Why and How to Stop the Stink of a Fishy-Smelling Male Organ

Why and How to Stop the Stink of a FishySmelling Male Organ
Unless a man is the son of Poseidon, he probably shouldn’t have a fishysmelling male organ. A smelly member is not only very offensive to the
nose, it can also be an indicator of other problems going on below the belt,
some of them quite serious. Thankfully, most causes of a smelly member
can be taken care of without much fuss. There are also many ways to keep a
member away from fishy territory with some simple, logical guidelines to
follow that not only prevent a smelly member but also improve member
health and complete health overall.
Potential Causes of a Fishy-Smelling Male Organ
It’s a smelly member even Ariel wouldn’t get next to. What is causing it?
Here are a few of the usual suspects for a smelly member:
1. Balanitis – This inflammation of the prepuce and head of the member
is due to an overgrowth of smegma, and is also accompanied by
redness, discharge, and tenderness. Regular old smegma can also
cause a smelly member.
2. Urinary Tract Infection (UTI) – When bacteria makes its way into
the urinary tract, it gets inflamed and ramps up a lot of discomfort and
sour, fishy-smelling urine. Sometimes urine can also be pink, and a
man can experience pain in his side or back.
3. Non-gonococcal Urethritis (NGU) – NGU is an inflammation of the
urethra that is not due to a partner-transmitted infection (PTI). An
NGU is also accompanied by frequent urge to urinate, burning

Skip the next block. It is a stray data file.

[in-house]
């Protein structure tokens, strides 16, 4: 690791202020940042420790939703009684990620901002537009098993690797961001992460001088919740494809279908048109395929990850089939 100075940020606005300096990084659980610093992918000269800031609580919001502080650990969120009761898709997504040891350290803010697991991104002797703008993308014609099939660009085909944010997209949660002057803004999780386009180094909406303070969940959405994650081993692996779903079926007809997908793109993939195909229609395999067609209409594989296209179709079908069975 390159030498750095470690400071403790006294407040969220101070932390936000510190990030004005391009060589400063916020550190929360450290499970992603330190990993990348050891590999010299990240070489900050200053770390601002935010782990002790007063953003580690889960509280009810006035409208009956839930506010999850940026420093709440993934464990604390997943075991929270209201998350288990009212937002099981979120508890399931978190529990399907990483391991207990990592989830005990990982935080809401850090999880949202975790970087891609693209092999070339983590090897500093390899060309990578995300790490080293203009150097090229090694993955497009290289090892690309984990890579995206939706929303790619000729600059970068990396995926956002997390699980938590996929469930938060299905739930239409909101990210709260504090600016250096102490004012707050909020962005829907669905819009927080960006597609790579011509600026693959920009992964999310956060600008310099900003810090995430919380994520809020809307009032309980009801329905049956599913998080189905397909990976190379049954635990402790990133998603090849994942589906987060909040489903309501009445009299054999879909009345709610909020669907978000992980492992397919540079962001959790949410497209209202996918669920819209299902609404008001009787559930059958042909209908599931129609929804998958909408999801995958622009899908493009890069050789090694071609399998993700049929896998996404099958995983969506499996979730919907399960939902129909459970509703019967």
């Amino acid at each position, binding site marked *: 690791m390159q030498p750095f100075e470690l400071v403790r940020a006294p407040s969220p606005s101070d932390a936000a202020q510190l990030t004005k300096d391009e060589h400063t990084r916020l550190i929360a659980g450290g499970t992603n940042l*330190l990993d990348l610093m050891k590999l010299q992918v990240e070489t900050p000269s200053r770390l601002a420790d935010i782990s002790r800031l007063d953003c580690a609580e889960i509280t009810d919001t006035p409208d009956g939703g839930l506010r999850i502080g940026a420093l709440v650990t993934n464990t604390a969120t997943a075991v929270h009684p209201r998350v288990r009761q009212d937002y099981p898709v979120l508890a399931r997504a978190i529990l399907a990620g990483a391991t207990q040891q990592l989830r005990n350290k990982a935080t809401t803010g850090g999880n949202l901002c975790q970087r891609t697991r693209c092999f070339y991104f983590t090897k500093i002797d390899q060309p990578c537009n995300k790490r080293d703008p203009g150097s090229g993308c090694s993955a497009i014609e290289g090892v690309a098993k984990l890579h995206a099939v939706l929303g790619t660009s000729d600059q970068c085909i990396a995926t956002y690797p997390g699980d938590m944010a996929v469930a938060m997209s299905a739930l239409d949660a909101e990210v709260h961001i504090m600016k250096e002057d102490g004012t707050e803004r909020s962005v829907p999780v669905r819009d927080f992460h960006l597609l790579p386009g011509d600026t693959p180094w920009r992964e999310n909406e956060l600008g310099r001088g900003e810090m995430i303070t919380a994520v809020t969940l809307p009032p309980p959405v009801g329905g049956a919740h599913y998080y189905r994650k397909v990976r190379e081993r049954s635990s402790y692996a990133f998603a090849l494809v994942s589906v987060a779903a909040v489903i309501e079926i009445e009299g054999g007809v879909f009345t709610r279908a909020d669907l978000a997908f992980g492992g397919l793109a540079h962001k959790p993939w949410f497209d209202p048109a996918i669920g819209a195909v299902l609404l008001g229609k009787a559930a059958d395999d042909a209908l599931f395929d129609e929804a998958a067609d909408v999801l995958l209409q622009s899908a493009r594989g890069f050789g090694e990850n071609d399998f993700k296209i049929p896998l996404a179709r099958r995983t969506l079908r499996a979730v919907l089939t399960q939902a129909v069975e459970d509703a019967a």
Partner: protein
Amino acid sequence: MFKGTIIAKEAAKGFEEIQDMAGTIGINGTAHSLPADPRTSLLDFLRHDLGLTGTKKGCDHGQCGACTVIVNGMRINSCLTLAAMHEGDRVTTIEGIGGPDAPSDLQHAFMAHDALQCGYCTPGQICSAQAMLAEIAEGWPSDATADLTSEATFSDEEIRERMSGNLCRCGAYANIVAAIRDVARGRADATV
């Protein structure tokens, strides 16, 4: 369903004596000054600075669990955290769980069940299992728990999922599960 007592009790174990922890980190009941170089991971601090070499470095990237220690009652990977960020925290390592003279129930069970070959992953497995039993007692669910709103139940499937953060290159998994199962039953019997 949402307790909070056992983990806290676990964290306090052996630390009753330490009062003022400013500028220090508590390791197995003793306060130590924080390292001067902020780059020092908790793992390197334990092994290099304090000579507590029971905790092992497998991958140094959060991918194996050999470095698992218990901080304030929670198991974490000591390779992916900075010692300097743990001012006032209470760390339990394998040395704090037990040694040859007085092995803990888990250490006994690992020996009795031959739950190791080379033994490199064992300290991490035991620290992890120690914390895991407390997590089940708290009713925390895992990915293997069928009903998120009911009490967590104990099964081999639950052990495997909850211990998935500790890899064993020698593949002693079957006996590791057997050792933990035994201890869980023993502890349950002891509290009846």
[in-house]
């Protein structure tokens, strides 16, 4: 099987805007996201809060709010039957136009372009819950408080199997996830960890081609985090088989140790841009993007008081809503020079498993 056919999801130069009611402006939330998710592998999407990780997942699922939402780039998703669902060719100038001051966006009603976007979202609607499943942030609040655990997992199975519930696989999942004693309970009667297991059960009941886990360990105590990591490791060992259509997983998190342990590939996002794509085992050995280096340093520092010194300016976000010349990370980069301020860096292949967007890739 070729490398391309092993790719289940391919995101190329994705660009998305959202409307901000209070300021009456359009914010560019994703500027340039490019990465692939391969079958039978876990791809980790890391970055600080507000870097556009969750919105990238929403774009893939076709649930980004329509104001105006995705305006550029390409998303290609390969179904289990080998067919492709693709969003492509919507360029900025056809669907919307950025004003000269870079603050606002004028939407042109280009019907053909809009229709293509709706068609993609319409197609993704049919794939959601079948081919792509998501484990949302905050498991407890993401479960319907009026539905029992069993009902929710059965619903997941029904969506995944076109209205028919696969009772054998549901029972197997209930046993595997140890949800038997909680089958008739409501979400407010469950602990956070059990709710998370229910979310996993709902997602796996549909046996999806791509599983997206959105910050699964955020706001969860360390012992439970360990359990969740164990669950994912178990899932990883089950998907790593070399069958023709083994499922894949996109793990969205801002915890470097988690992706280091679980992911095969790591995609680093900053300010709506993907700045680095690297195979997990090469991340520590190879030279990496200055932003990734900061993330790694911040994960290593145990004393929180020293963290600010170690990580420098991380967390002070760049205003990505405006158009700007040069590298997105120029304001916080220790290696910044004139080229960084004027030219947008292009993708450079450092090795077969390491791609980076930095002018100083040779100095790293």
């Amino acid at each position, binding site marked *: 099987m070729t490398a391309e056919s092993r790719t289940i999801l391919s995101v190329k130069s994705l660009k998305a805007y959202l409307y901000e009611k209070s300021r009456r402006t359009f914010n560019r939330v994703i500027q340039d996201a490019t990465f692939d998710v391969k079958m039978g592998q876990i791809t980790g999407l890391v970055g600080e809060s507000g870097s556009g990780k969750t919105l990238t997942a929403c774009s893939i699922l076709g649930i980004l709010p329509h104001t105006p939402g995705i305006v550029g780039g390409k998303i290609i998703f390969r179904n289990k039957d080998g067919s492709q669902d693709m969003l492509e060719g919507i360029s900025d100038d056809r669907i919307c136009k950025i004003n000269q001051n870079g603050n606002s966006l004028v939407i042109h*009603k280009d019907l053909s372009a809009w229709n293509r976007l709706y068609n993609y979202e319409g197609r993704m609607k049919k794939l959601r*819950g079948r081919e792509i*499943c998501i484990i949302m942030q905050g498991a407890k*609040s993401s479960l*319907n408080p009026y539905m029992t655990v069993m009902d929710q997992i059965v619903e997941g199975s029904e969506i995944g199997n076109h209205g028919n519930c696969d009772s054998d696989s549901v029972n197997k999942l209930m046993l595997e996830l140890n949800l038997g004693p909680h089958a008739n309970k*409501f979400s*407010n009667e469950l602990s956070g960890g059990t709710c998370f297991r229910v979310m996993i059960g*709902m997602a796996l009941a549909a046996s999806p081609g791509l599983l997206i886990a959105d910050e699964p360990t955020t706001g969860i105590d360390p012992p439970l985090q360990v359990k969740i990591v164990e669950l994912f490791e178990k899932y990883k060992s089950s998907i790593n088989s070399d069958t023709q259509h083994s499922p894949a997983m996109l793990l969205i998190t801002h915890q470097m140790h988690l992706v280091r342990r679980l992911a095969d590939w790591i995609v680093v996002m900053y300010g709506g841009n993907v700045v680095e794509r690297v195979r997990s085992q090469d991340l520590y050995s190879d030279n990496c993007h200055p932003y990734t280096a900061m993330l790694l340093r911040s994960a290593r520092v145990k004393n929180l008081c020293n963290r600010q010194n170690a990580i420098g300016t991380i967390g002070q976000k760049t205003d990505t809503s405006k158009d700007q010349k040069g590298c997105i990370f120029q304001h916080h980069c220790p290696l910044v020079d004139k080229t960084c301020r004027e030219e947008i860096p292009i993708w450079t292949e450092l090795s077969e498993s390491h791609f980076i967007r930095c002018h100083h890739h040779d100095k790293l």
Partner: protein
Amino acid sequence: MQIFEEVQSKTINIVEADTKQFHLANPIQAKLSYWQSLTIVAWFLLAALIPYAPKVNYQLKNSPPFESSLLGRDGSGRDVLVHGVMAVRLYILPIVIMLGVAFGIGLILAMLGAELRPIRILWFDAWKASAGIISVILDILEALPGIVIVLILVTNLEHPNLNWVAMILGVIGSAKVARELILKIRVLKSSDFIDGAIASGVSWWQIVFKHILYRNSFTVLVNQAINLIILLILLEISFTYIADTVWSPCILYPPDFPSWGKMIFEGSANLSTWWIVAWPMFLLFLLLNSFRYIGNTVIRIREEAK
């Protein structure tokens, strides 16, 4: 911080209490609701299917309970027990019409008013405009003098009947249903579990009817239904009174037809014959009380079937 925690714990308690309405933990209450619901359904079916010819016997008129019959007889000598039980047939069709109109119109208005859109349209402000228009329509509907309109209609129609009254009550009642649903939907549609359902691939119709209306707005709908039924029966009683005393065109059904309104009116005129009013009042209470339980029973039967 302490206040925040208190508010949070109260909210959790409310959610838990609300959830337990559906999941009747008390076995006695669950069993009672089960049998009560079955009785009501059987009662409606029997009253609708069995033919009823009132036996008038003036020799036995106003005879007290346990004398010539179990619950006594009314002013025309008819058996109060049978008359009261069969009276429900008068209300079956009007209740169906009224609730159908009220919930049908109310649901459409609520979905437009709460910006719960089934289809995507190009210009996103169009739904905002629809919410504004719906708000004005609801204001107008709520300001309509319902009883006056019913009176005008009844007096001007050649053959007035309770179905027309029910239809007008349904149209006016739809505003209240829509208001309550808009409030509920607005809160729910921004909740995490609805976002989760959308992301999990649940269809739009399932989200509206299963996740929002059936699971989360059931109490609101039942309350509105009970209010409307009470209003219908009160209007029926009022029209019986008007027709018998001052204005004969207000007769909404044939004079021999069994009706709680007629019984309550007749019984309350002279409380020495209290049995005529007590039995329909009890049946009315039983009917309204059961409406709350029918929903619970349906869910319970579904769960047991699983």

urination, and cloudy or white discharge.
4. Yeast Infection – An overgrowth of Candida fungus brings this
moldy, fishy smell to the forefront. Look for thick, chunky white
discharge as well and a general burning and redness in the area.
5. Partner-Transmitted Infections (PTIs) –PTIs like chlamydia and
gonorrhea can causes a fishy-smelling male organ. Both are
accompanied by various colors of discharge, swelling, and burning
10 Tips for Preventing a Fishy-Smelling Male Organ
There are many ways to thwart a smelly member before it starts. Including
them in a consistent, daily routine will keep the fish smell at Pike Place and
not in a man’s pants.
1. Keep the pubic hair tidily trimmed or shaved. Long pubic hair can
hold in stinky smells from moisture, bacteria, dirt, and leftover
2. Wear loose cotton underwear so that the member has room to breathe.
3. Have an open dialogue with intimate partners about sensual health
prior to having relations, even if it throws a wet blanket on the
moment. Do not have relations with a person suspected of having a
PTI as evidenced by a rash, discharge, or other symptoms.
4. Do not have any kind of intimate contact with a partner who currently
has a UTI or yeast infection, as they are also communicable.
5. When being intimate, use latex protection and a water-based creme to
avert infection, bacteria, and PTIs.
6. When performing oral relations, use a barrier method. Also, if they
smell funky down there, pull back. Many infections of all kinds are
also transmitted orally.
7. Wash the member frequently with warm water and a mild cleanser.
Rinse thoroughly and pat or air dry, as rubbing can cause irritation.
8. When cleaning the member, be sure to get into every fold. If the
member is uncircumcised, be sure to pull back the prepuce and gently
clean generously to prevent smegma buildup.
9. Don’t forget to spend quality time cleaning the privates, inner thighs,
and perineum where smells and sweat can hide.
Use a specially formulated male organ health creme (health professionals
recommend Man 1 Man Oil, which has been clinically proven safe and
mild for skin) to keep the member nourished and fresh. Use a creme with
vitamin A for its skin-soothing and antibacterial properties. Look for other
vitamins and essential nutrients that support healthy skin turnover and
elasticity and reduce redness and early aging, such as vitamins C and D and
alpha lipoic acid. Apply daily for optimal results.